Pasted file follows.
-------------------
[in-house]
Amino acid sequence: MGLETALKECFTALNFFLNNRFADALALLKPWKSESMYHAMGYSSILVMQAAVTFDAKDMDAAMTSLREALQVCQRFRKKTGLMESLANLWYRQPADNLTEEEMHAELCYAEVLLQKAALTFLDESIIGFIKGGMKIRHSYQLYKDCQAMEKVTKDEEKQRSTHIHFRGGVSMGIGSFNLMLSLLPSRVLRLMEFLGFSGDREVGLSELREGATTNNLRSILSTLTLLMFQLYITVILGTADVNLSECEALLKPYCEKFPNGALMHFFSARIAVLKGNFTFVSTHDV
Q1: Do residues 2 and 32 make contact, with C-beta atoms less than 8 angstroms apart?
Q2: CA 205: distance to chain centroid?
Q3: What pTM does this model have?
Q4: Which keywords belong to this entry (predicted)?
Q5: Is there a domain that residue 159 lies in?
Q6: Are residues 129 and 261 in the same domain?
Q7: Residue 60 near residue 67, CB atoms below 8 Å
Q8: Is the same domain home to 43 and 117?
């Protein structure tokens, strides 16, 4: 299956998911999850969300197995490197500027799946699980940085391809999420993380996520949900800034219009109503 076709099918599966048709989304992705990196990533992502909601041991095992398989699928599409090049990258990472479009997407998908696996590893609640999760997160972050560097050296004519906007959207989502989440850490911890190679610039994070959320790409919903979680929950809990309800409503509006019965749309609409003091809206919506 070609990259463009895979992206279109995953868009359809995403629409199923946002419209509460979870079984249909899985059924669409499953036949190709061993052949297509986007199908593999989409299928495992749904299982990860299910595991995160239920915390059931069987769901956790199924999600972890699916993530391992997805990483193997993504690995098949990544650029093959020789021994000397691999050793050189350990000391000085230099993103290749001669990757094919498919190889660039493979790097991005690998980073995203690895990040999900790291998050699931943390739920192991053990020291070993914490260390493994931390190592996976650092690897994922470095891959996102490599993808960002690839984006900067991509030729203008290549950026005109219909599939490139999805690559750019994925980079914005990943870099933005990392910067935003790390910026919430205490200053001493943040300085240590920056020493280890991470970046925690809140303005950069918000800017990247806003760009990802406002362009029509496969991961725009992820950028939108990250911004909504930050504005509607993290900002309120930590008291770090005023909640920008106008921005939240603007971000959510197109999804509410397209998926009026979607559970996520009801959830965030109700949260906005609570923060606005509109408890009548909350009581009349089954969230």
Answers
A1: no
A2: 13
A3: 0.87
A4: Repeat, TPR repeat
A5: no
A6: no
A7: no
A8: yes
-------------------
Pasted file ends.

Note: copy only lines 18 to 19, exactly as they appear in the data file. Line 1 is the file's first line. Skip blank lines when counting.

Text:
A6: no
A7: no